Posts about Demeanour

A Galloway by Pexels

Common Sense vs. Decadence



The 25 most expensive Dishes and Drinks compiled by Ignitespot

As is widely known, there are many sappy fruitcakes on the face of this earth, some even make it to the top of politics. But no, what we are talking about here is genuine food, albeit of a nature that again gives reason to doubt reason. Spending a fortune on a humble trench of Japanese Miyazaki Wagyu beef – the Kobe superlative – may still be somewhat comprehensible given the fact that body and soul of an Asian cow need to be pampered into beef so artfully marbled and tender that effort and price are warranted and the cow is a happy one until death do them part, bovine and farmer. If you are a good Miyazaki-Wagyu-beef producer you might even win the Japanese Culinary Olympics Beef Competition held in Nagasaki every five years. And so it happens that a slice of Lancashire Wagyu & Mushroom Pie served in England may cost you a handsome 1,781 US-$.

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Reading time: about 2 minutes
Rusty wire cage. Are we caged in our personality?

TED Talk. Brian Little: Who are you really?


„One of the most influential approaches in personality science is known as trait psychology, and it aligns you along five dimensions which are normally distributed, and that describe universally held aspects of difference between people. They spell out the acronym OCEAN. So, ‘O’ stands for ‘open to experience’ versus those who are more closed. ‘C’ stands for conscientiousness’ in contrast to those with a more lackadaisical approach to life. ‘E’ — ‘extroversion’ in contrast to more introverted people. ‘A’ — ‘agreeable individuals’ in contrast to those decidedly not agreeable. And ‘N’ — ‘neurotic individuals’ in contrast to those who are more stable.“

Brian Little’s intriguing talk is highly entertaining – and it reminds us that we cannot lick the outside of our own elbow. :-)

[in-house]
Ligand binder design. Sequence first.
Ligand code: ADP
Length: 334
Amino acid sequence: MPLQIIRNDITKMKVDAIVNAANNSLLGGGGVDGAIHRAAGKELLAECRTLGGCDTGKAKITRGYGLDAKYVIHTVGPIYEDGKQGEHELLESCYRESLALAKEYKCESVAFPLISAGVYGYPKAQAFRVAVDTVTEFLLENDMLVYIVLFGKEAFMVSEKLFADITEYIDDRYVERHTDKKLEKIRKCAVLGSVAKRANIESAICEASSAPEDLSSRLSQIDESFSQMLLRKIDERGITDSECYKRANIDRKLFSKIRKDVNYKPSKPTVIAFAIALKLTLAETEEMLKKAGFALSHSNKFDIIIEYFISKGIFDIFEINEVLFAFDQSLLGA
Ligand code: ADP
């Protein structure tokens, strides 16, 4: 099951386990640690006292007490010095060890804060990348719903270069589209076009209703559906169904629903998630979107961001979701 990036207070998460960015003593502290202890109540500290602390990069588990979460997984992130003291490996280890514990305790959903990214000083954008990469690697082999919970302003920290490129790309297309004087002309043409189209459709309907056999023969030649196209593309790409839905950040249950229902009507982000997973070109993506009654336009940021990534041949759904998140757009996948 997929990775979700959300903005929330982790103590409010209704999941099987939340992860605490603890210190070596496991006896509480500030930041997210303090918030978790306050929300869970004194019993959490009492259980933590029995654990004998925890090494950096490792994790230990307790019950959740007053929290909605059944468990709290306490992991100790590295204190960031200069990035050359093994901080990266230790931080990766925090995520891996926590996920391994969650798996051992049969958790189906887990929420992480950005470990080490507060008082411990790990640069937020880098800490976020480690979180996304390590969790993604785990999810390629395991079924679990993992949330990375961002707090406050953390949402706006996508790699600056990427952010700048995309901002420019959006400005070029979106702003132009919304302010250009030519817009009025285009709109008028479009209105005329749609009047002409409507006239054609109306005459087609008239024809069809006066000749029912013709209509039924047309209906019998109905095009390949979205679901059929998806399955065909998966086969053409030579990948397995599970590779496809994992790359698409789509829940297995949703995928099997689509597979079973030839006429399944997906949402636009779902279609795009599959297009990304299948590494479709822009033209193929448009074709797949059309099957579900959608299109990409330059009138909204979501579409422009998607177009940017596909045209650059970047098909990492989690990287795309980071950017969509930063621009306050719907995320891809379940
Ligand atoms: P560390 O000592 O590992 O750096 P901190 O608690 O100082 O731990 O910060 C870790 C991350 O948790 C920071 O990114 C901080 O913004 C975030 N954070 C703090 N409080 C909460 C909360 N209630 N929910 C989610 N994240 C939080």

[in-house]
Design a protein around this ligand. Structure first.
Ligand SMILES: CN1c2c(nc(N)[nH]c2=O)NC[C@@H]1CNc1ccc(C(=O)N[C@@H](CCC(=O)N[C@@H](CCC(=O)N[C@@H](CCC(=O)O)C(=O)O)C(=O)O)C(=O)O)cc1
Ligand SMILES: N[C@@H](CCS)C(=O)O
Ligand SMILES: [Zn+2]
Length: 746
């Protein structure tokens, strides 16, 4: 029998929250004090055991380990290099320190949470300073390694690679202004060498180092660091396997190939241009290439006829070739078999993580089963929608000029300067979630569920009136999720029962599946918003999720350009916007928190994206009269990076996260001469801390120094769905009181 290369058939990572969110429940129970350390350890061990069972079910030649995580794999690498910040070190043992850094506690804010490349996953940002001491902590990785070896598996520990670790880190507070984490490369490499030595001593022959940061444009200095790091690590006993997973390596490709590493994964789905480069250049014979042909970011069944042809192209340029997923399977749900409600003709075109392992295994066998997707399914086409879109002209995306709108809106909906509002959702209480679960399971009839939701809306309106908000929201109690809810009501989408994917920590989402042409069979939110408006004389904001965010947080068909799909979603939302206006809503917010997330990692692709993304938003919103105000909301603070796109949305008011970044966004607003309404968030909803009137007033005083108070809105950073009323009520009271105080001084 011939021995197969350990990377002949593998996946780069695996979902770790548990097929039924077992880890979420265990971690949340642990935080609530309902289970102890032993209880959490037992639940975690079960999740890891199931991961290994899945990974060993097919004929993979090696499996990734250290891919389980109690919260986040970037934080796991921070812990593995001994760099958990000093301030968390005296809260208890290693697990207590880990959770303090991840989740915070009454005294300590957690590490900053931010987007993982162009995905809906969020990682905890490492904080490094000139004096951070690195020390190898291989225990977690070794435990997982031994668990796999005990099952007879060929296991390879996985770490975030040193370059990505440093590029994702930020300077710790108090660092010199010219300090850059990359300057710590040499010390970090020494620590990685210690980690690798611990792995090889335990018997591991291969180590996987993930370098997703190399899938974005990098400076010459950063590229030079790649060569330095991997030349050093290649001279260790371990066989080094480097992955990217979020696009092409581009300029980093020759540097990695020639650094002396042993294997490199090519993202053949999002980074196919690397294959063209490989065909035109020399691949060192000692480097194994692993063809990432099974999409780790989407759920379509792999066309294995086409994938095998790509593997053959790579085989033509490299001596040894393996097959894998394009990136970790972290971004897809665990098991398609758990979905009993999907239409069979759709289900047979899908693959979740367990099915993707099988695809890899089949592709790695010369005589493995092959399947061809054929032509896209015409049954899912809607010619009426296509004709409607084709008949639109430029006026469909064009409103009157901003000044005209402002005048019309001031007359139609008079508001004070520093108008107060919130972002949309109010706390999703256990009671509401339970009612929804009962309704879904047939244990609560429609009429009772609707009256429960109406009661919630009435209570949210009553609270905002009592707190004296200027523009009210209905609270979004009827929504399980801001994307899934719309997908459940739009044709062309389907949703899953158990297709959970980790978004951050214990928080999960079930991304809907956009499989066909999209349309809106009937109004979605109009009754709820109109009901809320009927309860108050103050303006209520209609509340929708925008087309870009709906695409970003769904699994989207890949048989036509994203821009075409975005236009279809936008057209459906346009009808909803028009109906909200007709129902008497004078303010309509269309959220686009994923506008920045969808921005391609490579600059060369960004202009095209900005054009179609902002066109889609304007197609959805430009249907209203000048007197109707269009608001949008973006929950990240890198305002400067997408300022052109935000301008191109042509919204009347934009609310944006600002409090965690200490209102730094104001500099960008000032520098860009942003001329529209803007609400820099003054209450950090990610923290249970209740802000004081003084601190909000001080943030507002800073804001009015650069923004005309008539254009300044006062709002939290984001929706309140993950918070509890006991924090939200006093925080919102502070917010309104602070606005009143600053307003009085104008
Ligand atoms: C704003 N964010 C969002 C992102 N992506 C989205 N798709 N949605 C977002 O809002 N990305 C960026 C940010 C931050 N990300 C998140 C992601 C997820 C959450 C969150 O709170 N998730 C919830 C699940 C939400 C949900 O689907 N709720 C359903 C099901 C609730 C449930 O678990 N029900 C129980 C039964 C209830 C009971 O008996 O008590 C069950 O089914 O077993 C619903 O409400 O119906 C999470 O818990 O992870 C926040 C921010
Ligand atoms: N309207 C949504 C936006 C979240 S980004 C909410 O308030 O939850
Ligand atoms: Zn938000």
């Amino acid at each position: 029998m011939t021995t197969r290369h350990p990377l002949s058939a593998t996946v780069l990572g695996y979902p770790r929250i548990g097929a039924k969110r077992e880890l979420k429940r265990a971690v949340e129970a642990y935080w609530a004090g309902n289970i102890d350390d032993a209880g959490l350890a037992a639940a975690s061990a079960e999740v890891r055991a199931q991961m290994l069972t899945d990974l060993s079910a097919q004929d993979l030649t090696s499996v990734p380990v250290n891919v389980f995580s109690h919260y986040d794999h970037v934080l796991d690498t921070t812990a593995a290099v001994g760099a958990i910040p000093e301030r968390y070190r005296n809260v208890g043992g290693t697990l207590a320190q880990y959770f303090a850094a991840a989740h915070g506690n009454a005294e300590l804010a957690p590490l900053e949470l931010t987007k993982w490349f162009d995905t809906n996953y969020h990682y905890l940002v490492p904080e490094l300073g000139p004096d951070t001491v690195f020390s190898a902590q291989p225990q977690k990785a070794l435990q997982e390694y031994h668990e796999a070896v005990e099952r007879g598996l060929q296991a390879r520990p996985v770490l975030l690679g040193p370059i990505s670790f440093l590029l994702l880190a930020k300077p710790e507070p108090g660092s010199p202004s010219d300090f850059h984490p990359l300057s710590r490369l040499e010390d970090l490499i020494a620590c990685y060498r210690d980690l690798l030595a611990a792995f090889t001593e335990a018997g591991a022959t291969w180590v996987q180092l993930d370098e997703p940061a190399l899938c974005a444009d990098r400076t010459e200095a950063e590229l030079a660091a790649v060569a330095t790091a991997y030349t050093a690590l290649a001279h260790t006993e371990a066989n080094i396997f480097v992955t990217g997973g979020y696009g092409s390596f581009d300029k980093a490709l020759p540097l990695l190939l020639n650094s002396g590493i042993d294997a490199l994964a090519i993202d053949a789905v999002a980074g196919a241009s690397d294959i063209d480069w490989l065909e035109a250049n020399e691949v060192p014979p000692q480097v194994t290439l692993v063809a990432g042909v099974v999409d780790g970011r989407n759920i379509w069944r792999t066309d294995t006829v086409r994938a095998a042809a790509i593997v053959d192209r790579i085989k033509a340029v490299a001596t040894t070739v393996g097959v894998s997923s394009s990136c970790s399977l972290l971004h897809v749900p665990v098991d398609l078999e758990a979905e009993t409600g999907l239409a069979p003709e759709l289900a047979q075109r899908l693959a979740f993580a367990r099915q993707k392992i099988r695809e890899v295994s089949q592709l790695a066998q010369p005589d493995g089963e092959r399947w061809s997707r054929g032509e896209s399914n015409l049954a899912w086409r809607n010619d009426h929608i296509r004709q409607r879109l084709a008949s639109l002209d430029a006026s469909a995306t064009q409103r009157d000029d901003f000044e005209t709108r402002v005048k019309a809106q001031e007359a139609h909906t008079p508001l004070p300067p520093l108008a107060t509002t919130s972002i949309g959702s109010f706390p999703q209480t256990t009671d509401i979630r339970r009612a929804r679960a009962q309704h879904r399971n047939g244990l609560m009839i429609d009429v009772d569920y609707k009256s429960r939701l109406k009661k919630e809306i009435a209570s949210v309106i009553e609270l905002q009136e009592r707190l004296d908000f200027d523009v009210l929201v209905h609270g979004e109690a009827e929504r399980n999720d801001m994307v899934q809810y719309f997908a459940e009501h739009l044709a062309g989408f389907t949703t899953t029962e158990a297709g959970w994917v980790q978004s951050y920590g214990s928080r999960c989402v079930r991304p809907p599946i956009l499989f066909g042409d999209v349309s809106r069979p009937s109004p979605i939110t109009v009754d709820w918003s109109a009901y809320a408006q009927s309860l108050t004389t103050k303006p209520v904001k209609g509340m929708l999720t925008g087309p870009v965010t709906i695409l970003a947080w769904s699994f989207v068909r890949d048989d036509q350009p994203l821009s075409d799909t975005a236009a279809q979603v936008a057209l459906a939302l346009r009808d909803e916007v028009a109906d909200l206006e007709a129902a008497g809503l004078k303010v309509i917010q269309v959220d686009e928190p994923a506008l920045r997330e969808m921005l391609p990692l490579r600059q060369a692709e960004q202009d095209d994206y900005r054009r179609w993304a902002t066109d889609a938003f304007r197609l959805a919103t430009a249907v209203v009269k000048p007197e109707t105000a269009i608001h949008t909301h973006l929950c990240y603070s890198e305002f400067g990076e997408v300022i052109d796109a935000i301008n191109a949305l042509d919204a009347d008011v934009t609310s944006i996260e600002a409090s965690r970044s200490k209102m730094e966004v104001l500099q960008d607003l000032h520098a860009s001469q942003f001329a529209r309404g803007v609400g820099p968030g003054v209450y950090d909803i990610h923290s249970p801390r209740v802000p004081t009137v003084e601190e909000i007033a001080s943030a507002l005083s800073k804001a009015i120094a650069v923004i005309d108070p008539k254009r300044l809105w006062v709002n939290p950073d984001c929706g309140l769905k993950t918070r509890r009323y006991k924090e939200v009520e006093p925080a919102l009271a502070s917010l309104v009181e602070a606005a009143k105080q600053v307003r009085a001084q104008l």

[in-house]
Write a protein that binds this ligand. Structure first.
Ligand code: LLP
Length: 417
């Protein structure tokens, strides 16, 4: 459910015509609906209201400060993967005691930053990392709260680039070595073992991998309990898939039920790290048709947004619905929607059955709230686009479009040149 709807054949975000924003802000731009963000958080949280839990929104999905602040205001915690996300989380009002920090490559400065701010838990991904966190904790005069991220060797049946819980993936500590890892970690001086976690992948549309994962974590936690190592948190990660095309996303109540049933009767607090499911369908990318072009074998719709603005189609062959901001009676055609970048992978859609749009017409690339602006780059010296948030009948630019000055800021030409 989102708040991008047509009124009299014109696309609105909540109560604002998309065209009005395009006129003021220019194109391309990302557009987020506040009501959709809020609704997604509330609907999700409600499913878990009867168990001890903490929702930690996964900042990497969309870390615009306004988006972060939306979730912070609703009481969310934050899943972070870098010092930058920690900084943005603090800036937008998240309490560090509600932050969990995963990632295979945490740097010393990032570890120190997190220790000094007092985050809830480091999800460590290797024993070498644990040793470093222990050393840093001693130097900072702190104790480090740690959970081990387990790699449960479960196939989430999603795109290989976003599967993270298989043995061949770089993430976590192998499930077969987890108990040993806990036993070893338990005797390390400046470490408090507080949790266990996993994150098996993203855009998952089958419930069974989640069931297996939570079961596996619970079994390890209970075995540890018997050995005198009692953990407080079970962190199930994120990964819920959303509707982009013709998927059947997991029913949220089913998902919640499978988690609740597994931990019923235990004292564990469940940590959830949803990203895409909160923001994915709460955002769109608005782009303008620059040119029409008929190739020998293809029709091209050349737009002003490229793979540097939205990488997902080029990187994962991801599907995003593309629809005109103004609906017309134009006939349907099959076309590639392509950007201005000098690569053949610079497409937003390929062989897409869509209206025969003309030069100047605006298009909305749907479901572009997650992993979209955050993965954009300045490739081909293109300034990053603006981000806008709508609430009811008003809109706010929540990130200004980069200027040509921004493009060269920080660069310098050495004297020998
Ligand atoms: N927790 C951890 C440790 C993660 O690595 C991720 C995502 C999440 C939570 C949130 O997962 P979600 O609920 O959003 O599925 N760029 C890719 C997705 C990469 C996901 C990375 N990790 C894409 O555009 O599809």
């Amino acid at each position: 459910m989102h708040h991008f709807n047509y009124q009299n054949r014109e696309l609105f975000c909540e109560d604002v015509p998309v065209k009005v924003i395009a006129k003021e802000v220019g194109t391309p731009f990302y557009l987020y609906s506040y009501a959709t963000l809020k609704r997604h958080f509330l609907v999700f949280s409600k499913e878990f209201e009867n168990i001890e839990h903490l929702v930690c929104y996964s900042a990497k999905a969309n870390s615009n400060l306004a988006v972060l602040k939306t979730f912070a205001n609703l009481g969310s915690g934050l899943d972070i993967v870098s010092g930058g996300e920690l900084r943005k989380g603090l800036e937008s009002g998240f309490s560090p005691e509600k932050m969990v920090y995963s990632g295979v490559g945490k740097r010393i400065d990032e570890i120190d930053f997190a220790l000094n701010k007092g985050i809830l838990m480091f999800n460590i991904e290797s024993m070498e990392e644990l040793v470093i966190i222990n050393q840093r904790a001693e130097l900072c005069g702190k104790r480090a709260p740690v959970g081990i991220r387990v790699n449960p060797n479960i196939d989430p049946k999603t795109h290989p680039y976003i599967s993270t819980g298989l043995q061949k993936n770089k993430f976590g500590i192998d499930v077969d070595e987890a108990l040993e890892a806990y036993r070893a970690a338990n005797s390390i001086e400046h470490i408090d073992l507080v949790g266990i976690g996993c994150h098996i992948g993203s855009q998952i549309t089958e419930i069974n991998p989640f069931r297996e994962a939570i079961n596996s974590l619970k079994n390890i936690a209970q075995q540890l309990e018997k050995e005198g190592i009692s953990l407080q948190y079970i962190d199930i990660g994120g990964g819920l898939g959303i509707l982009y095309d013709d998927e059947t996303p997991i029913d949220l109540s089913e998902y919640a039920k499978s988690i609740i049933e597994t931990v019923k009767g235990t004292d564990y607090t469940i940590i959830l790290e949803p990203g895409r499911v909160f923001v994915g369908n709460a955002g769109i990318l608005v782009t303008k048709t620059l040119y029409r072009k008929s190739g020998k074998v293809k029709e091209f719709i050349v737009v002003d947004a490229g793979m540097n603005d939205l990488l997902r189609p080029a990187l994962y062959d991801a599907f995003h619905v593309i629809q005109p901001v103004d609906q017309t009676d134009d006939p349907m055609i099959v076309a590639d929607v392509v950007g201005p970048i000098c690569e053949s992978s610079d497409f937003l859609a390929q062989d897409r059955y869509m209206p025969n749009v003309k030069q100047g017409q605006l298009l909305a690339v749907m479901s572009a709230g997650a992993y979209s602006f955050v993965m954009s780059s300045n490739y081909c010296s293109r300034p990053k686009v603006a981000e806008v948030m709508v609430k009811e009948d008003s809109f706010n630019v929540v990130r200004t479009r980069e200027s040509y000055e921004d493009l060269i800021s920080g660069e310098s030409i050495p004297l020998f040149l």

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Reading time: about 1 minute
Workers burning harmful waste at the Agobogbloshie dump in Ghana.

Electronic Waste: Intoxicating Agbogbloshie


At breathtaking speed, our world is being inundated with ever more sophisticated electronic equipment. Used devices hardly a year or two old, are replaced with increasing frequency, to be cashed in or be thoughtlessly dumped for the next much fancier gadget. Most “outdated” models are added to a recycling bubble already stressed at the seams. Considering that resources are scarce and thus valuable, this sort of rotation system is still unrivaled. Yet, have you ever wondered how – and above all – where, your discarded cell phone, laptop or PC may have ended up eventually? It is estimated that more than half of the electronic waste from, e.g., the United States, is shipped to countries fairly ignorant of environmental issues - and there it is successfully buried in oblivion. Like for instance in China, India or Ghana in West Africa. A young company in Boston, Mass., sets an example of how fruitful sensible recycling can be.

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Inverted Age Pyramid

Out of shape: The inverted Age Pyramid


Longevity and the future Population Structure

A World Bank report makes it clear: owing to the demographic evolution, and the consequent shrinkage of a working age population, it becomes important to keep older workers in the labor force longer. A changed pension policy accompanied by a flexible labor market should enable them to remain in the workforce and retain a high level of productivity. Presently, the prognosis for the future population structure resembles a column and may even take the shape of an inverting pyramid – with smaller cohorts of working age population expected to support the larger ones of elderly retirees. With rising longevity suggesting an average life expectancy after retirement of 15 years, the elderly are encouraged to spend their healthy years in the labor force rather than in retirement. This not only feeds pension funds, it also helps maintain the living standard enjoyed while working and reduces poverty among the elderly significantly. The following poem is a reminder of all those well-known facts – and relates to the meetings industry.

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Reading time: about 4 minutes
Typically German?

Typically German?


What Germans travelling resent about travelling Germans

The good thing is, that the survey we’re talking about was conducted amongst Germans only – 2033 of them. As is known, we are pretty adamant when it comes to judging anybody’s demeanour: sugar-coating our opinion is commonly not one of our inborn traits. The findings may well contain more than a kernel of truth and – what a relief! – the data produced will not rest on a grudge possibly harboured by random foreign nations for whatever reason. So, this is probably as unbiased as it gets. The travel search engine‘s survey is deemed representative amongst Germans from 18 onwards. It revealed that Germans abroad are too noisy, too stingy, too arrogant and often oh so embarrassing! Read article

Reading time: about 2 minutes